“Pound cost averaging means there is no need to worry about timing – you can forget about it. Increase monthly payments when you earn more, and then just wait.
“If you are young, then consider if you want to save for a nest egg and drive an old car, or have no nest egg and drive a new car. I have always wanted to be financially independent. It is a great comfort blanket for me,” they said.
For older investors, they offer the same advice: “Invest in good quality investment trusts and forget about it. Take responsibility for yourself and make your own decisions.”
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In addition, it is key to avoid investment fads and bubbles – and our case study speaks from experience. “I got caught up in the 1999 tech boom. I did well on some things but didn’t get out at the right time. The lesson is to be aware of speculation in markets. I’ve never touched cryptocurrencies.”
Temperament is also a key factor for successful investing, particularly how to respond when markets fall.
“I get more worried when market go up and get more confident when markets fall as I know I am getting more value for money when I invest. If you are saving for the long term, then there is no reason to be worried about the value of a portfolio.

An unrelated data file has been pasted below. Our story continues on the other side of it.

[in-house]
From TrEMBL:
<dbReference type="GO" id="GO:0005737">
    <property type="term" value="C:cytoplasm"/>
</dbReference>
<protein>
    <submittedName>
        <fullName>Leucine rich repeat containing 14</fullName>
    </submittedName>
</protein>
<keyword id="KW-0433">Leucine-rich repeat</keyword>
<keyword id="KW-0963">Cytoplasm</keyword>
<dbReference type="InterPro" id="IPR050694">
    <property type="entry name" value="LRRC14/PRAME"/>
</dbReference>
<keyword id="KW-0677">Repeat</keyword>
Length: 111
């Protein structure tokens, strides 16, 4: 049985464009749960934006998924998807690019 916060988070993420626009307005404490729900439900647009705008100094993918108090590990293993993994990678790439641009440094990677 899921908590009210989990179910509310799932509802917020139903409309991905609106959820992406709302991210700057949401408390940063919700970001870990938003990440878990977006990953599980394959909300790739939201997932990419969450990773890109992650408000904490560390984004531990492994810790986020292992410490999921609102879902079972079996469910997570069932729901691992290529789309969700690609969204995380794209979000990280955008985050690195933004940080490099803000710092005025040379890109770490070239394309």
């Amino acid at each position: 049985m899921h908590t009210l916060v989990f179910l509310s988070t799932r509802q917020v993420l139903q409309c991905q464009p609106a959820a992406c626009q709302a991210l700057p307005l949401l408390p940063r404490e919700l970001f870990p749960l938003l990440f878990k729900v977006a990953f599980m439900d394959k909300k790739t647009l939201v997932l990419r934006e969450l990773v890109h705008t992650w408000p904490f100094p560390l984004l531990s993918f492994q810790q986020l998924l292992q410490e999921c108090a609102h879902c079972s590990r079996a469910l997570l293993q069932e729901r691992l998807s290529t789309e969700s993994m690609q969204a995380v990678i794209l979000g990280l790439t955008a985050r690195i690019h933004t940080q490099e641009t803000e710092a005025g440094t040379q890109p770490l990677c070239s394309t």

“Big gains really distort things – they suggest a fall to come. They also distort feelings of self-worth when investments produce more financial gains than a job does.”
These articles are provided for information purposes only. Occasionally, an opinion about whether to buy or sell a specific investment may be provided by third parties. The content is not intended to be a personal recommendation to buy or sell any financial instrument or product, or to adopt any investment strategy as it is not provided based on an assessment of your investing knowledge and experience, your financial situation or your investment objectives. The value of your investments, and the income derived from them, may go down as well as up. You may not get back all the money that you invest. The investments referred to in this article may not be suitable for all investors, and if in doubt, an investor should seek advice from a qualified investment adviser.